Rather, I see it (like chess, like jeopardy) as an example of a state space that we managed to find the structure of and therefore a hope that the other ones can be understood at least as well.

Do you realise how much time it took to make that "obvious" structure of music obvious? It started at least with Pythagoras (or before)! The structure of induction? We are beginning to understand it now, and it started again with the greeks (or before).
We keep going.

António Araújo said...

>THIS IS ANOTHER SOURCE OF SCIENTISM >- THINKING THAT ORGANIC SYMBOLS CAN >BE QUANTIFIED.

I don't know what you mean by that. Organic just means carbon based. What are organic symbols? Also, rationally understood doesn't mean necessarily quantified, but I take it you mean it as a figure of speech.

>It is a simple matter. Your >scientism has a strong faith >component. Or don't you see that? ;)

Nope. I don't get that "scientism" thing. What I think is that we should follow the leads that we have. If we do hit a wall and we can't go beyond it I'm fine with that. But if we have interesting stuff in front of us, if it keeps working, then we keep going. And if we dream, with dream about interesting outcomes.

Having "faith" would mean that I knew, I just knew, that it had to work. But I think no such thing. What I think is that I see no fundamental reason for it not to work, and above all I see extremely high probability of finding interesting things even if it doesn't go as far as strong AI. I think it is interesting and fun and productive, so why not go for it? I see no such benefits in investing in unconclusive arguments of why it simply cannot work.

Mathematicians and scientists don't work because we have some master plan to "quantify" everything. We do it because we have fun and we like to learn. Let the limits lie where they may - when we hit them, we hit them. What I find curious is why some people make a point of placing limits here or there precisely because we *don't* know where the limits are.

By the way, we are aware of actual limits - heisenberg, godel, light speed, strong dependence on initial values - and we don't have a fit because of them. We investigate the limits with as much fun and interest as we investigate the possibilities. But why insist there are limits where they haven't been found yet and where progress keeps getting made? Is there a faith component in *that*? ;)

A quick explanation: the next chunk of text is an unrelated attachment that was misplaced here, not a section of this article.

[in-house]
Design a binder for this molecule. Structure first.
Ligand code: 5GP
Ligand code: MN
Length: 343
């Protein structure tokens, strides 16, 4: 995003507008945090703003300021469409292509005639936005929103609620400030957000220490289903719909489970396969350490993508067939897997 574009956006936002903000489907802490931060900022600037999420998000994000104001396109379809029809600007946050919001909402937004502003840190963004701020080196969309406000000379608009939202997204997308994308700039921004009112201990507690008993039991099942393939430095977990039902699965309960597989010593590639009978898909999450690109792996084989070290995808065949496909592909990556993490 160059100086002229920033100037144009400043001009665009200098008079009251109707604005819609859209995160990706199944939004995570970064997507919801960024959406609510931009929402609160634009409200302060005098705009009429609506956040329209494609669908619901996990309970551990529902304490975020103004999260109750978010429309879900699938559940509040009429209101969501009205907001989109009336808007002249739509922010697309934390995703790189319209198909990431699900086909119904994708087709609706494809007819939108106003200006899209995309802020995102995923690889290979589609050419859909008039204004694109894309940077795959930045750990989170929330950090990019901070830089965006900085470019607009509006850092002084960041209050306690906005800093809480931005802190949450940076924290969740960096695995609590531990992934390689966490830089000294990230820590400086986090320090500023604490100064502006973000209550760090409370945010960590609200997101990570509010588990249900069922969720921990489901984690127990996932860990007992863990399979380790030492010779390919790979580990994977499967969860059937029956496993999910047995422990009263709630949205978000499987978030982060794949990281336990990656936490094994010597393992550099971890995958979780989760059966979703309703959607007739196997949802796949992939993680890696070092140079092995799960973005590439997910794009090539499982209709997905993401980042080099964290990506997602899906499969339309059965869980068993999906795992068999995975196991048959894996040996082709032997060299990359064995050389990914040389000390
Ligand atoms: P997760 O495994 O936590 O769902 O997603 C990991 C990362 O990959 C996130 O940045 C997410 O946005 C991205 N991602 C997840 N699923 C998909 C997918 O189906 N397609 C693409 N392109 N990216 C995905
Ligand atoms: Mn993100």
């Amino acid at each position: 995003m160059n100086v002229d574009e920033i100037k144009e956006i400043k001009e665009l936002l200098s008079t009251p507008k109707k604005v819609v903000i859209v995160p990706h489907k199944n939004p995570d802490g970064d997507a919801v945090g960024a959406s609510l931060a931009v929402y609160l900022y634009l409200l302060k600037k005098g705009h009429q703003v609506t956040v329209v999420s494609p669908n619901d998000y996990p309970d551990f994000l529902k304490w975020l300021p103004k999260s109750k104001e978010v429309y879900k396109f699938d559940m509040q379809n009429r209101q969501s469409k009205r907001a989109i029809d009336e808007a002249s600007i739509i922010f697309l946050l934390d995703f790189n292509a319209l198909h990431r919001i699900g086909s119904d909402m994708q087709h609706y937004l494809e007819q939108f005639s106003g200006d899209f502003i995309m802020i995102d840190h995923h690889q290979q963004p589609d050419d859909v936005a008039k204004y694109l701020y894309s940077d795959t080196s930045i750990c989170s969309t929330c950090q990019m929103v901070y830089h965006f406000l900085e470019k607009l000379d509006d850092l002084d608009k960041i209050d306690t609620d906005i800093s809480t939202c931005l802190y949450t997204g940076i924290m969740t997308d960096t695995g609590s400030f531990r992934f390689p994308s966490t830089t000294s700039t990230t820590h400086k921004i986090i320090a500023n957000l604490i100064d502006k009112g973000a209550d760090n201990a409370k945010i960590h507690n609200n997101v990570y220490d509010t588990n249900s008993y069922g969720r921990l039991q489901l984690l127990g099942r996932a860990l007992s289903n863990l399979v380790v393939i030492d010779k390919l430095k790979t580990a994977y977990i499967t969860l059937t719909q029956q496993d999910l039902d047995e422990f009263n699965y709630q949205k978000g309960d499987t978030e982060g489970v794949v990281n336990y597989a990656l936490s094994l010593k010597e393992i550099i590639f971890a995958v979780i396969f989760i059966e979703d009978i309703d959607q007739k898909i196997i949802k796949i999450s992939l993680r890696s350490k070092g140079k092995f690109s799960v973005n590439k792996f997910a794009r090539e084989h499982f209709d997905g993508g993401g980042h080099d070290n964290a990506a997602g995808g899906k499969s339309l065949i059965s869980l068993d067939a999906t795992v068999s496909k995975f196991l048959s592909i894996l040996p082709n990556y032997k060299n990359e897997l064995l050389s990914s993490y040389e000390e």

kev ferrara said...

Beyesian probability calculations are still completely dependent on what kind of inputs you put in and their quality, and how the problem is understood by the user, and it doesn't have anything to do with emotion or sensation.

When I say induction, I don't mean in the statistical sense. You aren't getting this. I mean an induction of truths which are predicated on sensations which have been innately understood as emotional symbols in the context of all the other emotional symbols in mind, which have been built up over time into an entire structure of recollectible or sublimated experience. Put simply: This ain't math.

Which leads me to mention another problem of Scientism; a belief that just because any particular phenomena has some degree of analyticity, it is enough to define the phenomena. The result is that non-quantifiables are ignored. This is not good science.

My personal belief is that conceptual symbolism is its own language with its own wholly organic, and complicated rules, which are not, by nature, quantifiable. If you understand how art works, you see immediately that Math is completely inadequate to the task of representing it. And then if you note the similarities between how art works and how thought works, then epistemological humility really sets in.

kev ferrara said...

Organic just means carbon based...

Another form of scientism... thinking that words that come into science from common usage, actually started in scientific usage.

A bit frustrating having this discussion, because you are heavily invested in scientism. You show all the signs. Mainly because you have not really delved into epistemology. And you haven't yet come to terms with the failure of analytic philosophy to do away with metaphysical conceptions.